The 6-3 6-2 6-3 victory gave the world No 1 the outright men’s record for titles at Melbourne Park, taking him beyond Federer and Roy Emerson, and took his overall tally to 15, five behind the Swiss.
Djokovic said: “I am aware that making history of the sport that I truly love is something special. Of course it motivates me. How many seasons are to come? I don’t know. I’m not trying to think too much in advance.
“I do want to definitely focus myself on continuing to improve my game and maintaining the overall well-being that I have –mental, physical, emotional – so I would be able to compete at such a high level for the years to come, and have a shot at eventually getting closer to Roger’s record. It’s still far.”
Djokovic said he had felt “divine” during a semi-final victory over Lucas Pouille in which he lost only four games, and this was another other-worldly performance. That the man on the other side of the net was Nadal, a player he had faced 52 times previously and lost to on 25 of those occasions, made this far more extraordinary.
The fans packed into Rod Laver Arena had come expecting an epic to match their 2012 final, which Djokovic won in five sets after nearly six hours, but instead they witnessed the most dominant slam final victory of the Serbian’s career.
Djokovic is the only player who has been able to turn Nadal’s forehand into a weakness, and he went straight after it, losing just one point in the first three games, and only one point on serve in the opening set.
Nadal simply could not get a foothold in the match, his game too full of errors whenever he did get a rare opportunity, and Djokovic wrapped up victory after just two hours and four minutes.
The victor said of his display: “It ranks right at the top. Playing against Nadal, such an important match, it’s amazing.
“Obviously back-to-back semi-finals and finals, I think I made 15 unforced errors in total in two matches.
“It’s quite pleasantly surprising to myself, even though I always believe I can play this way. Under the circumstances, it was truly a perfect match.”
Nadal has now not so much as won a set against Djokovic in eight successive matches on hard courts dating back more than five years.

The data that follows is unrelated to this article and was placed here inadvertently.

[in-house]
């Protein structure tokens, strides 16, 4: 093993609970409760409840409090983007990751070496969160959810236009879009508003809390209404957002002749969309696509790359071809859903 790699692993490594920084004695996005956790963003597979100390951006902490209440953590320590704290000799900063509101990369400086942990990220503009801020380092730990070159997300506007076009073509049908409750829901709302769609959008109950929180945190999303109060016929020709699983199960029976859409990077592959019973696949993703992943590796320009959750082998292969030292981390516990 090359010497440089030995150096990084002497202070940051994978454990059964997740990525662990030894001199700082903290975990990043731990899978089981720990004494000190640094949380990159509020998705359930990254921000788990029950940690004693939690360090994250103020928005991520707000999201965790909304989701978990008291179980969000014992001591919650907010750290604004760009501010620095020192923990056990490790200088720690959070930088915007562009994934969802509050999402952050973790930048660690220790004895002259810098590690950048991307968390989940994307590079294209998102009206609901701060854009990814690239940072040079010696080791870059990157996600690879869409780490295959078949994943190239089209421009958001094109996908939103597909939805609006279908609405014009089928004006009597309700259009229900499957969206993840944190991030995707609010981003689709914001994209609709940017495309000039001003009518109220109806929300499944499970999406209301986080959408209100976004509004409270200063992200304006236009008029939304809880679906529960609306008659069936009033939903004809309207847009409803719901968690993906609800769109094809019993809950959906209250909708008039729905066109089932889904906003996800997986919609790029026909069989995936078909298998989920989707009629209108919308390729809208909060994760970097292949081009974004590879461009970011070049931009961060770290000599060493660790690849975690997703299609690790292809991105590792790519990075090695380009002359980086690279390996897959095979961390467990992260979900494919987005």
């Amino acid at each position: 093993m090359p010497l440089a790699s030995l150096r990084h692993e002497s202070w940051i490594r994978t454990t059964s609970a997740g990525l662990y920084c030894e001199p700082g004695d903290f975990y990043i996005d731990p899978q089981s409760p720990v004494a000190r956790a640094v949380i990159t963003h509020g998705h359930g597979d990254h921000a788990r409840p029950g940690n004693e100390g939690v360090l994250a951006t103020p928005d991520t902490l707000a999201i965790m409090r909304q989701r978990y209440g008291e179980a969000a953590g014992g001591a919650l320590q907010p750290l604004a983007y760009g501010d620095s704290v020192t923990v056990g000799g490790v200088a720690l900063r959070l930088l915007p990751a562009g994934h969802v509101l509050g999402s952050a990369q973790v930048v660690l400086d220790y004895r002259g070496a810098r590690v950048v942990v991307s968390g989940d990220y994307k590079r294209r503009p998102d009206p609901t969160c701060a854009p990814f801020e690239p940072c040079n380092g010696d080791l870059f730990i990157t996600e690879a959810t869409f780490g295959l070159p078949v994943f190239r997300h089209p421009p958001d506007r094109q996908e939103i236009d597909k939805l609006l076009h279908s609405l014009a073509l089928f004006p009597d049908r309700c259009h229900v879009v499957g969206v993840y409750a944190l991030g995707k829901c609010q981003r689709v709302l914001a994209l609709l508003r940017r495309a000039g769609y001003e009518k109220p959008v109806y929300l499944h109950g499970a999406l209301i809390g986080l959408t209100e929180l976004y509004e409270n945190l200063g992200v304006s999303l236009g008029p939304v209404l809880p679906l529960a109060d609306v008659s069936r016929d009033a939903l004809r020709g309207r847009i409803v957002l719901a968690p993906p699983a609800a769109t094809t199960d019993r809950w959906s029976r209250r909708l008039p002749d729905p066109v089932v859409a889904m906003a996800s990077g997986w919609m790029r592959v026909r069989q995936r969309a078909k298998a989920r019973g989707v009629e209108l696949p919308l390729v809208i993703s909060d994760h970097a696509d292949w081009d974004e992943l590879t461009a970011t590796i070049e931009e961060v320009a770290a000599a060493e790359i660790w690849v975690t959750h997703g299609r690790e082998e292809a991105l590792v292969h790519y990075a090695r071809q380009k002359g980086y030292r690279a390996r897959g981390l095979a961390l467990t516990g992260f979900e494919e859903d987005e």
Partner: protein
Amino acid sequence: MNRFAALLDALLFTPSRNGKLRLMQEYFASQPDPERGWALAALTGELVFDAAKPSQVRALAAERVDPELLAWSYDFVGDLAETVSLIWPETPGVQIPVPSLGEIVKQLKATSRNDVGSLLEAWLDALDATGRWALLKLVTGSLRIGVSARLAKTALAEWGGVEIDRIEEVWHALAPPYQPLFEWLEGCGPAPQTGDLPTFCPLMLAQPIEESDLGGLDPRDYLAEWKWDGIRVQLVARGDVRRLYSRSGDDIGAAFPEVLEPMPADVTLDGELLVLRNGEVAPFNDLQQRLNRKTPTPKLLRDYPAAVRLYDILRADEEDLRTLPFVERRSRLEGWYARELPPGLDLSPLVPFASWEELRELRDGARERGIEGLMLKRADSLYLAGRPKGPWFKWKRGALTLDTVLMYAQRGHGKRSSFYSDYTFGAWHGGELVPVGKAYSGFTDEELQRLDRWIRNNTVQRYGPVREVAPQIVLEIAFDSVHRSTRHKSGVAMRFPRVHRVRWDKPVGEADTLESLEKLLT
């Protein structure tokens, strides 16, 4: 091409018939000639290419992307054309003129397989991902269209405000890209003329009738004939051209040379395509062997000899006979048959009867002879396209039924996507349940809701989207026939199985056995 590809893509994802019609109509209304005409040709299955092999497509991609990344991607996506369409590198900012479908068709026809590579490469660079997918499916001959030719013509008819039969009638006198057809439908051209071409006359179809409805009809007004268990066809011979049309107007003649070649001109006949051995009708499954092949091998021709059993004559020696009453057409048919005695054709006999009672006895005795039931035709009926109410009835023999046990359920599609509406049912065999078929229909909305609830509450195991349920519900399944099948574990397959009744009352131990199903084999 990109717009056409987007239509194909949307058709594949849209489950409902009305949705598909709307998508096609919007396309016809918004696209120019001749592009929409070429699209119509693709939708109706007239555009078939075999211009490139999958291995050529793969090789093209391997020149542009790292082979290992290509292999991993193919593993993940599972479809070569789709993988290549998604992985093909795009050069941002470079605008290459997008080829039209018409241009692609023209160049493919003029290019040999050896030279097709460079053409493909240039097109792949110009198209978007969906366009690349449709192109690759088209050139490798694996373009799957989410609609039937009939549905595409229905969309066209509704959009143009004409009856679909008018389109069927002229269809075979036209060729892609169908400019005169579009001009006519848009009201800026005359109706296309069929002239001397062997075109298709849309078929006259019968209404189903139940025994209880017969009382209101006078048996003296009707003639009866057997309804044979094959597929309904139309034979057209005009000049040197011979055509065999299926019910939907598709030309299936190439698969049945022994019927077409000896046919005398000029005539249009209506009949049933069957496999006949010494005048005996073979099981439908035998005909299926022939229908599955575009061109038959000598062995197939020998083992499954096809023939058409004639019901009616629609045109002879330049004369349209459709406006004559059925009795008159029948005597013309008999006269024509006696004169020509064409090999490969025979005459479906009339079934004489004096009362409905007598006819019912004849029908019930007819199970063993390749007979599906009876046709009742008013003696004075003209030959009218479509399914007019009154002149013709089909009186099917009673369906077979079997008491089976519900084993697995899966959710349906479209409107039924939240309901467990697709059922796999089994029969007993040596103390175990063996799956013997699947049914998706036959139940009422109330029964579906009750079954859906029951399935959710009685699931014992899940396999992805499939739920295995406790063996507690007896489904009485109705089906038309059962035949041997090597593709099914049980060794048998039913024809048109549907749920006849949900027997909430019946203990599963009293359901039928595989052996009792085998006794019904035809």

The Spaniard was full of praise for his opponent, but felt the five months he spent away from the match court from the US Open until this tournament – first with knee and abdominal problems, then ankle surgery and finally a minor thigh strain – meant he lacked the defensive resilience required.
“It was unbelievable the way that he played, no doubt about that,” said Nadal, who is now only two slam titles ahead of Djokovic.
“I played fantastic tennis during both weeks, but, probably, playing that well I didn’t suffer much during both weeks. Five months without competing, having that big challenge in front of me, I needed something else. That something else probably I don’t have it yet, to compete at this super high level.
“If we analyse all this stuff it has been probably a better-than-impossible two weeks for me, even if [the final] was not my day. But I believe that I can be ready in a couple of months if I am able to keep practising and to keep competing at that level.”
Twelve months ago Djokovic had gone nearly two years without a slam title and was forced to undergo elbow surgery to cure a long-standing problem.
Now he is the first man to win three consecutive slam titles on three separate occasions and will attempt to emulate his 2016 success by claiming a second crown at the French Open in June to hold all four.
To do that, he will probably have to get past Nadal on clay, an altogether different challenge.
“I don’t want to say I figured him out because I don’t want that to bounce back at me in any way in the future,” said Djokovic.
“I might have figured him out for the match, but not for life.”